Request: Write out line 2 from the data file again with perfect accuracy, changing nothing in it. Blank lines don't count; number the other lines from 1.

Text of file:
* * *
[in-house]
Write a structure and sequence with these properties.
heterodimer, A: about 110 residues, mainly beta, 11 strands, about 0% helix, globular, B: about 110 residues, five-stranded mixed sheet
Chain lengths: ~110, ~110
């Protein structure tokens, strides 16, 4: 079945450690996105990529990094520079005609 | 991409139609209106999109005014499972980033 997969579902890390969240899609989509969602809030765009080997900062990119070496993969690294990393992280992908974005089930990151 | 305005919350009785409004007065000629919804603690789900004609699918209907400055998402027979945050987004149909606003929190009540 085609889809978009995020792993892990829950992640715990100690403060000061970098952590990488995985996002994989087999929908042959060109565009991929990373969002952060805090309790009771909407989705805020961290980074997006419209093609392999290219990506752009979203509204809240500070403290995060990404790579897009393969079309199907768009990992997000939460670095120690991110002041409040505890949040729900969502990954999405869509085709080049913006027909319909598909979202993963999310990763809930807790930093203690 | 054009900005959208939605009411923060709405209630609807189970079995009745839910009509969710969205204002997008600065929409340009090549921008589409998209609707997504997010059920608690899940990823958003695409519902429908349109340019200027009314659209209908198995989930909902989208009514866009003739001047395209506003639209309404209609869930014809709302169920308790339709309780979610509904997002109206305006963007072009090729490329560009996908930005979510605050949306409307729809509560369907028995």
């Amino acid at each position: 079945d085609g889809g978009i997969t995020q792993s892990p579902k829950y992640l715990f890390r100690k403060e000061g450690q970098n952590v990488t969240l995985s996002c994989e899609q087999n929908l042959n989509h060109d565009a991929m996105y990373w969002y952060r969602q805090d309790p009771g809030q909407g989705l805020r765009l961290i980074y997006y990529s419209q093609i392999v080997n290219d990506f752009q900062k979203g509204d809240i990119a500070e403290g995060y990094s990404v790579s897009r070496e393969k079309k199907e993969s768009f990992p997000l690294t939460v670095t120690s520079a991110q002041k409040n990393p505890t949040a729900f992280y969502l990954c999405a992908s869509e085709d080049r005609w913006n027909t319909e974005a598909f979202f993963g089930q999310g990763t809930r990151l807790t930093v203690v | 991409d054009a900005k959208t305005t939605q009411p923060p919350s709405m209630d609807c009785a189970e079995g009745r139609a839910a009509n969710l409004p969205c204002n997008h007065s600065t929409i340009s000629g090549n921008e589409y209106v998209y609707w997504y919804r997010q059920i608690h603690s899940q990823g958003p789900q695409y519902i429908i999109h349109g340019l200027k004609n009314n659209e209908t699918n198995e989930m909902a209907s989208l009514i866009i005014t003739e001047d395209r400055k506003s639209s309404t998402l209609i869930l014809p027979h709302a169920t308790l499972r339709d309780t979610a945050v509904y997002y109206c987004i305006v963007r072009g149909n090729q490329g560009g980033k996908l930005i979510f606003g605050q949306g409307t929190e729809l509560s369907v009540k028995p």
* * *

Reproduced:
Write a structure and sequence with these properties.